A lesson by Gabriel Karandysovsky.
Monese positions itself as an alternative to traditional banks, offering its users a mobile app and web interface to manage their finances with no hassle and zero paperwork involved — a solution which comes in quite handy for those of us living a life on the go (let’s ritually strike 2020 from our collective memories, shall we?) who want to make our banking experience as easy and stress-free as possible. You could say Monese’s product is a sign of the times, flexible and seamless, but clearly they’ve been doing things right, as evidenced by well over 2 million users across 31 countries.
What makes Monese a particularly interesting use case when it comes to setting up and running a localization program has a great deal to do with the person in charge of it: Giulia Tarditi. Nimdzi readers may already be familiar with Giulia, as we interviewed her back in 2019 after she won the Progress Innovation Challenge at LocWorld Portugal with Goodbye, source text!, her innovative approach to content localization.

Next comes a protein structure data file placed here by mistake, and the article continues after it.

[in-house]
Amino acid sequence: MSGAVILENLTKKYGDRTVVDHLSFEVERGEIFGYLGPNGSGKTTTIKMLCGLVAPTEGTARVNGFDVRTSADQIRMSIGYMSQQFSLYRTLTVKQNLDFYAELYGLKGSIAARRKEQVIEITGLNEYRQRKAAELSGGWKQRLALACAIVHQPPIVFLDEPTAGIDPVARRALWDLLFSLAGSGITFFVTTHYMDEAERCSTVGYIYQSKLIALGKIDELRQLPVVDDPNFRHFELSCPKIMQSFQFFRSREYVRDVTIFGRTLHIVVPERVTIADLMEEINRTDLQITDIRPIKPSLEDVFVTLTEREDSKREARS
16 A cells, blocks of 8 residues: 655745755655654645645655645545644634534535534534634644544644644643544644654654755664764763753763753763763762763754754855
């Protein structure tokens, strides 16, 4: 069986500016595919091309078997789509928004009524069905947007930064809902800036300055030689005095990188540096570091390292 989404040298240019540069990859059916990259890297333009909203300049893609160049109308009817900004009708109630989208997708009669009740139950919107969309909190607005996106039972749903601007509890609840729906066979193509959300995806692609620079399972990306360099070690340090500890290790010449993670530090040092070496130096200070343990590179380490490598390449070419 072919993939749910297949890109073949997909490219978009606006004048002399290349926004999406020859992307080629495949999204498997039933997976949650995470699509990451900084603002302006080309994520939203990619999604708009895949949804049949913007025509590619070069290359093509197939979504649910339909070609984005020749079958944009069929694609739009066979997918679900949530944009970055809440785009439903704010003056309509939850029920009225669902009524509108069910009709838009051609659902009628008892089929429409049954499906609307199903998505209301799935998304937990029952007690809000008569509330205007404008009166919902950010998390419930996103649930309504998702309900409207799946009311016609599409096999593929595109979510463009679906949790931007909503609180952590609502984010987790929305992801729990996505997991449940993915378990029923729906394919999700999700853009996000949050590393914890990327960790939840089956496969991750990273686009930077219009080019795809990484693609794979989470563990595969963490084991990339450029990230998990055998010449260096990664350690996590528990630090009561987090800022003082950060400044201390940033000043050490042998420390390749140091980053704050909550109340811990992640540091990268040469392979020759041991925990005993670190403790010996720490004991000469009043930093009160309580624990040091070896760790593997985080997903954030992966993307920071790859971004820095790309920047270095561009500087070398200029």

When we came back well over a year later to interview Giulia for this Lesson in Localization — after having explored how her work has inspired others in the industry — we thought it was a good time to shine the spotlight on how she has been faring in her own implementation of her ideas within Monese’s own localization program.
Monese is exploring the possibilities of saying goodbye to source text: This novel approach to content localization has contributed to boost user conversion and allowed the cost of localization to be significantly lowered.
All bases covered: Monese’s priority is to expand its user base across Europe. Localization plays a key role in this, with the team looking to track data that will zero in on key conversion points for each language.
Localization and product development go hand in hand: The team is rethinking their localization workflows, deploying the tools and processes to allow for localization to happen in parallel with the product design itself.
Webinar: At our company, meetings and planning follow the WIG (Wildly Important Goals) methodology. Why do we love it so much, and why are business executives implementing this methodology across companies?
Amnesty International is one of the longest-running international human rights organizations. The organization lobbies governments and companies to end human rights abuses and improve the lives of marginalized groups.
Most people with significant experience booking travel online are likely to be familiar with Skyscanner. The web- and app-based company has come a long way since its early days as a flight search engine, to become a global leader in the travel industry. Skyscanner helps travelers find inspiration and deals as well as book and manage their trips. Today, more than 100 million users enjoy the company’s services every month.